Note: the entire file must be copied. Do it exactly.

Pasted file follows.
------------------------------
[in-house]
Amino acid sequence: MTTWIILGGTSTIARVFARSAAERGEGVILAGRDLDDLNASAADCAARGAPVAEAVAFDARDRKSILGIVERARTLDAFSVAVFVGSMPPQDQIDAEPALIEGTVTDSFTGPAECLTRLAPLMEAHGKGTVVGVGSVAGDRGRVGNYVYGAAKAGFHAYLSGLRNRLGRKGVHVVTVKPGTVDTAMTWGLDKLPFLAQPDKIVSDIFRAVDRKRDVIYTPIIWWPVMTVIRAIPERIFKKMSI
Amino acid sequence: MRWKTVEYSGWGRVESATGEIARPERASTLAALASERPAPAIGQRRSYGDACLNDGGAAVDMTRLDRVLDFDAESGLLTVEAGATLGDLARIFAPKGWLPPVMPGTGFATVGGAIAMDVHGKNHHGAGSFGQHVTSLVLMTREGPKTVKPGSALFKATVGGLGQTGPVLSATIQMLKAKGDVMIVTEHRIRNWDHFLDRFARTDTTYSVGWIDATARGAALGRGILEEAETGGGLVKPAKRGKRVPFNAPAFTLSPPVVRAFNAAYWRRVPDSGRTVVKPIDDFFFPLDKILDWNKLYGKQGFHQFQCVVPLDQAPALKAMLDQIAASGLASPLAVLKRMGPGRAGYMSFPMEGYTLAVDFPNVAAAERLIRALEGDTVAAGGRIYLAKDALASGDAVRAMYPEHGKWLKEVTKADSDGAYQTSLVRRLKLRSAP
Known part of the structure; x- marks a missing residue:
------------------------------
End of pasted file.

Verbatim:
[in-house]
Amino acid sequence: MTTWIILGGTSTIARVFARSAAERGEGVILAGRDLDDLNASAADCAARGAPVAEAVAFDARDRKSILGIVERARTLDAFSVAVFVGSMPPQDQIDAEPALIEGTVTDSFTGPAECLTRLAPLMEAHGKGTVVGVGSVAGDRGRVGNYVYGAAKAGFHAYLSGLRNRLGRKGVHVVTVKPGTVDTAMTWGLDKLPFLAQPDKIVSDIFRAVDRKRDVIYTPIIWWPVMTVIRAIPERIFKKMSI
Amino acid sequence: MRWKTVEYSGWGRVESATGEIARPERASTLAALASERPAPAIGQRRSYGDACLNDGGAAVDMTRLDRVLDFDAESGLLTVEAGATLGDLARIFAPKGWLPPVMPGTGFATVGGAIAMDVHGKNHHGAGSFGQHVTSLVLMTREGPKTVKPGSALFKATVGGLGQTGPVLSATIQMLKAKGDVMIVTEHRIRNWDHFLDRFARTDTTYSVGWIDATARGAALGRGILEEAETGGGLVKPAKRGKRVPFNAPAFTLSPPVVRAFNAAYWRRVPDSGRTVVKPIDDFFFPLDKILDWNKLYGKQGFHQFQCVVPLDQAPALKAMLDQIAASGLASPLAVLKRMGPGRAGYMSFPMEGYTLAVDFPNVAAAERLIRALEGDTVAAGGRIYLAKDALASGDAVRAMYPEHGKWLKEVTKADSDGAYQTSLVRRLKLRSAP
Known part of the structure; x- marks a missing residue: